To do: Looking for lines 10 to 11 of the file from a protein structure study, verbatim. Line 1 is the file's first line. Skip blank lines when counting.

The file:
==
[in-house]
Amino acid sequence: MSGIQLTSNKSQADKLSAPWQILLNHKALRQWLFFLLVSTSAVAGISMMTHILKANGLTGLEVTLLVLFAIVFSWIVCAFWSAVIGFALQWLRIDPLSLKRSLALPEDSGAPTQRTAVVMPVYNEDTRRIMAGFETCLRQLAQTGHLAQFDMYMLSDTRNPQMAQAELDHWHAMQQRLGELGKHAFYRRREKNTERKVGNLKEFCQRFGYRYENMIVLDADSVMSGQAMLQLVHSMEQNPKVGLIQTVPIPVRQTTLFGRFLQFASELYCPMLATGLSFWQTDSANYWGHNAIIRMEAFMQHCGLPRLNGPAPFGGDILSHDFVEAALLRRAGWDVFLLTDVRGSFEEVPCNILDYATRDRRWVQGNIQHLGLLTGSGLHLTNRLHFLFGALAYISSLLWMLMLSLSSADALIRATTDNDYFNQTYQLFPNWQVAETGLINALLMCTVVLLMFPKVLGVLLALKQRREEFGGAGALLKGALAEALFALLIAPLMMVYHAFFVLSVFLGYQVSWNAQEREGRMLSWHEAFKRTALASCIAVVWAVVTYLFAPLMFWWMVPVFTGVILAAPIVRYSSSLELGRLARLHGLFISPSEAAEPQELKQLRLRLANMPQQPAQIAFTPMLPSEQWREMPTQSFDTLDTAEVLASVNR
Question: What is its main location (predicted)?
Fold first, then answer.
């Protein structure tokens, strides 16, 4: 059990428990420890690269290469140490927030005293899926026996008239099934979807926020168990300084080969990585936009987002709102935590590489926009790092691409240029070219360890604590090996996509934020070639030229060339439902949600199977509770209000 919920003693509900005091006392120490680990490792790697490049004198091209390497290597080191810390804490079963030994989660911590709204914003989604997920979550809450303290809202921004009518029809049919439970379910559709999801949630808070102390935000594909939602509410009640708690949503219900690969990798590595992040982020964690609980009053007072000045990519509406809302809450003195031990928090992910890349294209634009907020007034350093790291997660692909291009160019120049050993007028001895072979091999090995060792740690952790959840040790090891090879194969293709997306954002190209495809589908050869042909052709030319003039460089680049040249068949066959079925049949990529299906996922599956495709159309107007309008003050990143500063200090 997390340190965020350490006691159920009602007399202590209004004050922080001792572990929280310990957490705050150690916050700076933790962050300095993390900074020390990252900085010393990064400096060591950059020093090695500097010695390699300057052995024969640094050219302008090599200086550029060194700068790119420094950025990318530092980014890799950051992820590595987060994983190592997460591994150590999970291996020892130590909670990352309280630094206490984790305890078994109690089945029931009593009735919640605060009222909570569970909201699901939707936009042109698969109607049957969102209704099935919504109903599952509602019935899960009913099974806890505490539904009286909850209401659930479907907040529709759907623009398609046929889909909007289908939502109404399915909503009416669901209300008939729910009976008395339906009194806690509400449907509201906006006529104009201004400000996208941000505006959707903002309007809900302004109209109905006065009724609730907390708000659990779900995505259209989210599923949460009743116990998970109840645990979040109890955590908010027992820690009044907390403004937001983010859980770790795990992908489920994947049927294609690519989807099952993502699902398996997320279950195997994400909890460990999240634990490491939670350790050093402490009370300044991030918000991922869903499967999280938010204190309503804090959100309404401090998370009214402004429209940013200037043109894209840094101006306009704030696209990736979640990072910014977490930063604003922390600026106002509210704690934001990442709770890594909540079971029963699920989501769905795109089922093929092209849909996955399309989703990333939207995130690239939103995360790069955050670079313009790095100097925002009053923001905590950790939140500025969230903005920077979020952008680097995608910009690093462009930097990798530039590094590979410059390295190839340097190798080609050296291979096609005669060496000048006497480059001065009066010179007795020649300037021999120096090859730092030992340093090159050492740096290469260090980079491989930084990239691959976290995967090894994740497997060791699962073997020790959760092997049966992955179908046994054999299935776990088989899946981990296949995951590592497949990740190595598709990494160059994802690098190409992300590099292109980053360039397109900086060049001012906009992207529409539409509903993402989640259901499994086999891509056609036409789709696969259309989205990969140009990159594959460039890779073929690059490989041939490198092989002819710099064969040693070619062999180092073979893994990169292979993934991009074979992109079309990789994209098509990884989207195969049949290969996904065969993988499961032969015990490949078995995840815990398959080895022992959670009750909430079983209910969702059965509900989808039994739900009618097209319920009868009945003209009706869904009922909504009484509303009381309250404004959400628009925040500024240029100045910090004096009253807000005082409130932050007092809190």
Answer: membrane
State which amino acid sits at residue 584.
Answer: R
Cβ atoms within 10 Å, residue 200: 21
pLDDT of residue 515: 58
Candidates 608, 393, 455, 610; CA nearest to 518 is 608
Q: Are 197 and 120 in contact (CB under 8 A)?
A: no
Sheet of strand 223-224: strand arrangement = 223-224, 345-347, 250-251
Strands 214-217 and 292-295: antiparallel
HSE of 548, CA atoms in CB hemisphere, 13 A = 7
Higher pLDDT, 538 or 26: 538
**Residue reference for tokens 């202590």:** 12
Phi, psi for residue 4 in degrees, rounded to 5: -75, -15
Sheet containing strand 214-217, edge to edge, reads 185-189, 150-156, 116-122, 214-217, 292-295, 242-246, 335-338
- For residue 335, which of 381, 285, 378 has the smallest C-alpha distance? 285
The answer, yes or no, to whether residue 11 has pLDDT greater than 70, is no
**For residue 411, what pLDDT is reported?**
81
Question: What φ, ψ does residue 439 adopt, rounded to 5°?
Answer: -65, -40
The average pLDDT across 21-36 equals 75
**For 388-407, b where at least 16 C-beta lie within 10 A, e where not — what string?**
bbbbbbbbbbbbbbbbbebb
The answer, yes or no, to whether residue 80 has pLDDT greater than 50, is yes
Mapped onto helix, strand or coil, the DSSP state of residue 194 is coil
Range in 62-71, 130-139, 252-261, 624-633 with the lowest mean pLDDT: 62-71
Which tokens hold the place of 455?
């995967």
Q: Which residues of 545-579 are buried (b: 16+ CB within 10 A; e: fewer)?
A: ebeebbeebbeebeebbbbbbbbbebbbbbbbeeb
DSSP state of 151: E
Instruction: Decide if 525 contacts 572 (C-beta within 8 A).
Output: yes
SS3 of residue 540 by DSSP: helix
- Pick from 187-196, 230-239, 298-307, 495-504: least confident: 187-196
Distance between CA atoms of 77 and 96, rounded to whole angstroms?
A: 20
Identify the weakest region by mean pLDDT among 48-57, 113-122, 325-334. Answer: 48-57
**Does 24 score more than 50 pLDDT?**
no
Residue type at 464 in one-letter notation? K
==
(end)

pLDDT of residue 515: 58
Candidates 608, 393, 455, 610; CA nearest to 518 is 608